I bought this text several years ago. I had first encountered Narrative Therapy in my Master of Counselling degree and I realised immediately that in a post-modern world, this therapeutic approach could be a valuable way to work with clients. I also realised that it could have considerable value when working with indigenous peoples who were seeking to maintain (or reclaim) their own identity within systems of dominant colonial narratives.
I am working through this text again, in anticipation of my studies in November. Exciting stuff!
Sometimes you are aiming for the best person you can be. You spend months in meditation, in living by principles of kindness. You then find yourself in an environment that is not conducive for kindness and tranquility. I have been lucky in my life, as while there have been periods of hostility, I have mostly been surrounded by decent people. There are, however, hostile environments where bullies are able deflect from their incompetence by attacking others. They are, of course, cowards. Bullies always are. They are afraid they will be discovered for the frauds that they are, so they engage in tactics which – if reached the light of day – would bring them scorn, contempt and pity. This is made worse when bullies have power.
How does this relate to Tolstoy and his “A Confession”? Tolstoy was part of the “in” crowd. He was a famous writer who rubbed shoulders with the highest levels of society. He was also, by his own admission, a person who brought suffering to others for his own pleasure. He later felt great shame to look back on these actions. I am reading his “A Confession” and I am not yet to the point where Tolstoy reforms – but I already know that he does. He goes from a life of selfish actions, to giving away his goods to the needy and living by the highest standards.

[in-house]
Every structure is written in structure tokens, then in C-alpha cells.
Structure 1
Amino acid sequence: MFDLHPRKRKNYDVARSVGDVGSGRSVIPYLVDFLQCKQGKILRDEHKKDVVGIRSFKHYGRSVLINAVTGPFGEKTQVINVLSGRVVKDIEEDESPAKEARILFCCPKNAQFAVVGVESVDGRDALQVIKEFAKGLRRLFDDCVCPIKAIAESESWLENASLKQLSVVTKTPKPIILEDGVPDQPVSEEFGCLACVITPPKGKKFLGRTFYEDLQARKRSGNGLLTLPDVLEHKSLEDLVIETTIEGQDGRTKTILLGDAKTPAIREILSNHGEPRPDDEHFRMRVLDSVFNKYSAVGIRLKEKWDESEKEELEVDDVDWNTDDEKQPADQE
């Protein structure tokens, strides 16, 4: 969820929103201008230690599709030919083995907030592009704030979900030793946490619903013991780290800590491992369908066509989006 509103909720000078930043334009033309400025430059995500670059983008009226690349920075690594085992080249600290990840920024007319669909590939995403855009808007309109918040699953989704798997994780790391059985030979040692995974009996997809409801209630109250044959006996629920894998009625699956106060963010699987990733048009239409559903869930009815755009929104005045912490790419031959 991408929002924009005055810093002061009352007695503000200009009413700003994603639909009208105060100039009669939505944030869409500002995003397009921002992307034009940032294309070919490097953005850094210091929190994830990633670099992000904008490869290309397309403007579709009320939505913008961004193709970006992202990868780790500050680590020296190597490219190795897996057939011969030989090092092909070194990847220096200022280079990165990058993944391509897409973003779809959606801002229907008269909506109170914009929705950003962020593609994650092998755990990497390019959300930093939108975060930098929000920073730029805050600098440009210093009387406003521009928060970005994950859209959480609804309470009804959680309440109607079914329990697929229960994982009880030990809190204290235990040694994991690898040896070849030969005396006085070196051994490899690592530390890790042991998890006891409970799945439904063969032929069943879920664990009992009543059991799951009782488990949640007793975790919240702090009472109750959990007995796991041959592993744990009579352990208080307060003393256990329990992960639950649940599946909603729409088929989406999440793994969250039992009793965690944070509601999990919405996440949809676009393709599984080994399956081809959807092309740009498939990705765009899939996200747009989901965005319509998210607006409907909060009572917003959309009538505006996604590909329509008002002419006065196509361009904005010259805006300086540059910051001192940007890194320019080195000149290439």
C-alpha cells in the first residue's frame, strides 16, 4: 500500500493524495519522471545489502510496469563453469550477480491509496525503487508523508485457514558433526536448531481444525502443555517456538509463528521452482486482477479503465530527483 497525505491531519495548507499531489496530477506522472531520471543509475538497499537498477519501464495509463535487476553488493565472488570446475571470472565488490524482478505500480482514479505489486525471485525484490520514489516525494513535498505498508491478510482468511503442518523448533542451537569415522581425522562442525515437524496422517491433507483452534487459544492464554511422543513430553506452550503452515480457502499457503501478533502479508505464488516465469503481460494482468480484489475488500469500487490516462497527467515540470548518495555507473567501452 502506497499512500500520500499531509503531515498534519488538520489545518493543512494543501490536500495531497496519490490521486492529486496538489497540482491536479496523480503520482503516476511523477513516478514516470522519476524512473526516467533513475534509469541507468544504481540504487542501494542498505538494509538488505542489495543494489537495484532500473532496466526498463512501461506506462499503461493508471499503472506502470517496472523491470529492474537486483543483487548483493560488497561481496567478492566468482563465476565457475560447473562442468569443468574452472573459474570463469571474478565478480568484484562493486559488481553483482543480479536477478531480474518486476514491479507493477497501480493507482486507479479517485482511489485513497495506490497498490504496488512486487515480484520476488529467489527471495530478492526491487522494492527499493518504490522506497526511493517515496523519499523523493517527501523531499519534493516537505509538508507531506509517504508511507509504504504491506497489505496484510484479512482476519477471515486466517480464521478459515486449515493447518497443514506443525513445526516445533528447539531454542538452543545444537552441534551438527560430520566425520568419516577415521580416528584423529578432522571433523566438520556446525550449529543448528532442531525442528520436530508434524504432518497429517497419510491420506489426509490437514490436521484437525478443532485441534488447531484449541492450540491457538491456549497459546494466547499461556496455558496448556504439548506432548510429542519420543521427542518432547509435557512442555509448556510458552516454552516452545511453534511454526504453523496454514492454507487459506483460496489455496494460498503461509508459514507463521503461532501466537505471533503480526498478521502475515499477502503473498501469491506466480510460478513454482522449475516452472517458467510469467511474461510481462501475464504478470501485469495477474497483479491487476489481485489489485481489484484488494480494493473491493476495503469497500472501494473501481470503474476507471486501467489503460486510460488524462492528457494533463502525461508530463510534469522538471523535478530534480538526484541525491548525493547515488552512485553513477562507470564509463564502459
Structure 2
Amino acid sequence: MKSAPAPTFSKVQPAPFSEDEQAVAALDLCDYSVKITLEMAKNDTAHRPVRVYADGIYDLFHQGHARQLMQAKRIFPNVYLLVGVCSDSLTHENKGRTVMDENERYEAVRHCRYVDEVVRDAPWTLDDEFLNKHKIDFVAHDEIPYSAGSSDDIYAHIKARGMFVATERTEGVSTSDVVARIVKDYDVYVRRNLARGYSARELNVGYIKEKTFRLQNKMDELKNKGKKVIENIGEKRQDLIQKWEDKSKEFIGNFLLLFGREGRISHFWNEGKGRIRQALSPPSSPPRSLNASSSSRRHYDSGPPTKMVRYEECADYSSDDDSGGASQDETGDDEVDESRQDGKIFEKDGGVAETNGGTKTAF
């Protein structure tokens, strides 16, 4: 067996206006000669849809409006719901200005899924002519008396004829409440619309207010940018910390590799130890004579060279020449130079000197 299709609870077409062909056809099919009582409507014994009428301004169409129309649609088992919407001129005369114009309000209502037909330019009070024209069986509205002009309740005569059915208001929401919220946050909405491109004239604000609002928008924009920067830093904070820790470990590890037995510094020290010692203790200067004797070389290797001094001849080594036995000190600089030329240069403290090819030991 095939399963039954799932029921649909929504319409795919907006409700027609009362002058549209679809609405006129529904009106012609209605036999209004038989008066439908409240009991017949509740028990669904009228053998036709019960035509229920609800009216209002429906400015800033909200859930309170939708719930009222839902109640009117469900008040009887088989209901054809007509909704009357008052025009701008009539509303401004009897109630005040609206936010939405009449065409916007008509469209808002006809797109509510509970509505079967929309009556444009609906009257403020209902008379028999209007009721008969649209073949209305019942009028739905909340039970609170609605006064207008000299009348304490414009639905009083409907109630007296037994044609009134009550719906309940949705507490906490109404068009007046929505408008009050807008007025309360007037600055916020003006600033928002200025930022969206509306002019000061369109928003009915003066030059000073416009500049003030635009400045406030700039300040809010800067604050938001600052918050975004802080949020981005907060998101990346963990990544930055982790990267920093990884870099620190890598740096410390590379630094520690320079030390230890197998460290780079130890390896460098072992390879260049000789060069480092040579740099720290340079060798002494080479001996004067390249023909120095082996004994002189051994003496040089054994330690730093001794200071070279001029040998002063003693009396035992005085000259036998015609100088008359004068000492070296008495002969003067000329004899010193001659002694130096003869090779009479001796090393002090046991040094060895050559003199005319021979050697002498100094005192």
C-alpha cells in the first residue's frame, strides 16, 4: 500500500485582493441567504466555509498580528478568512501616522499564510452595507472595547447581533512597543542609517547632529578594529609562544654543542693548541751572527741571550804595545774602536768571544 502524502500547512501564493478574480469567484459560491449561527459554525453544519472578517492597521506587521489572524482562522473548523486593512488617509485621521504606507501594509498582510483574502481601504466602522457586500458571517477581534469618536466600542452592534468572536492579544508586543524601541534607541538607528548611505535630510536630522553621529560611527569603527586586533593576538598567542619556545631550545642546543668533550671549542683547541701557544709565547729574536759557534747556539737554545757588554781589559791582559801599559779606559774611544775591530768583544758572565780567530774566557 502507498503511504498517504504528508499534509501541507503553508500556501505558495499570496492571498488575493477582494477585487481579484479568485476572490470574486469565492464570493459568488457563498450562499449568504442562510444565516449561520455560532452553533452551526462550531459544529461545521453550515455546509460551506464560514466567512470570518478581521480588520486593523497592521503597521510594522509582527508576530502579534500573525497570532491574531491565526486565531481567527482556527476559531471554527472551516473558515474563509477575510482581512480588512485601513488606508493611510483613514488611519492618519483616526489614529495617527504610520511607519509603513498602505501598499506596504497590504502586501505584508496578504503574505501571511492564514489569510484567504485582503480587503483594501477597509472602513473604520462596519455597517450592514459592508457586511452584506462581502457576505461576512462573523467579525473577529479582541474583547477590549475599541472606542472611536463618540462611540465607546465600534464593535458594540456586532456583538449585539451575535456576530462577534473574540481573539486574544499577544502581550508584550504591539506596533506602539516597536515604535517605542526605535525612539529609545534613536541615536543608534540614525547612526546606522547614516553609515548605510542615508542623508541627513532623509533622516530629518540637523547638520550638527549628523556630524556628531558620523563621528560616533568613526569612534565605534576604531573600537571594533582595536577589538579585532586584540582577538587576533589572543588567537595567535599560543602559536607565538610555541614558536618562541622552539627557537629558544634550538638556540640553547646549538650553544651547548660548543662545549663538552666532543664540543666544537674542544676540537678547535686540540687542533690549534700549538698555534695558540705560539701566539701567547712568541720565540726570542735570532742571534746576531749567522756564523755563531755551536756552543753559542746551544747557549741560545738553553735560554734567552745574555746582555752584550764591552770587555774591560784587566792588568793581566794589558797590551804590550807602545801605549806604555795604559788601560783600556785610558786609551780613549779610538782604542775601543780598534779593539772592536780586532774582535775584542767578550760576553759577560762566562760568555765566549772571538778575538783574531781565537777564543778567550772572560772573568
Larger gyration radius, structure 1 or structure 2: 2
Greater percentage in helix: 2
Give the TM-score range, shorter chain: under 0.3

When I deal with petty, insecure, narcissistic and sadistic people, I try to imagine that they could be better. I pity them, but also realise that there were times when I did things of which I am now ashamed. I ate the flesh of other beings. I was part of enslaving females for what their bodies produced for their children.
Pity the bully, but know they could be better.
When I wanted an introduction to Gestalt Therapy, this book was one of my first acquisitions. When I was a counselling student, I had seen the 1960s videos of Perls, Rogers and Ellis counselling Gloria (these videos are a rite of passage for counselling students). Like most, my first instinct was to support the idea that Rogers was most effective – with Perls insulting and condescending to Gloria (and Ellis – to use a modern expression – “mansplaining”). Although Perls seemed a bit harsh and rude, I sensed there was something more to what he was achieving. So, I began to research Gestalt Therapy (and I have come around to believing that Perls was the most effective therapist with Gloria – a topic for another post).
Other texts are more theoretical. This one is Uncle Fritz sitting in a chair and talking to his students (followers). You might want to read a bit of theory first, so that you can jump into this in a similar mindset to those in the room with Fritz.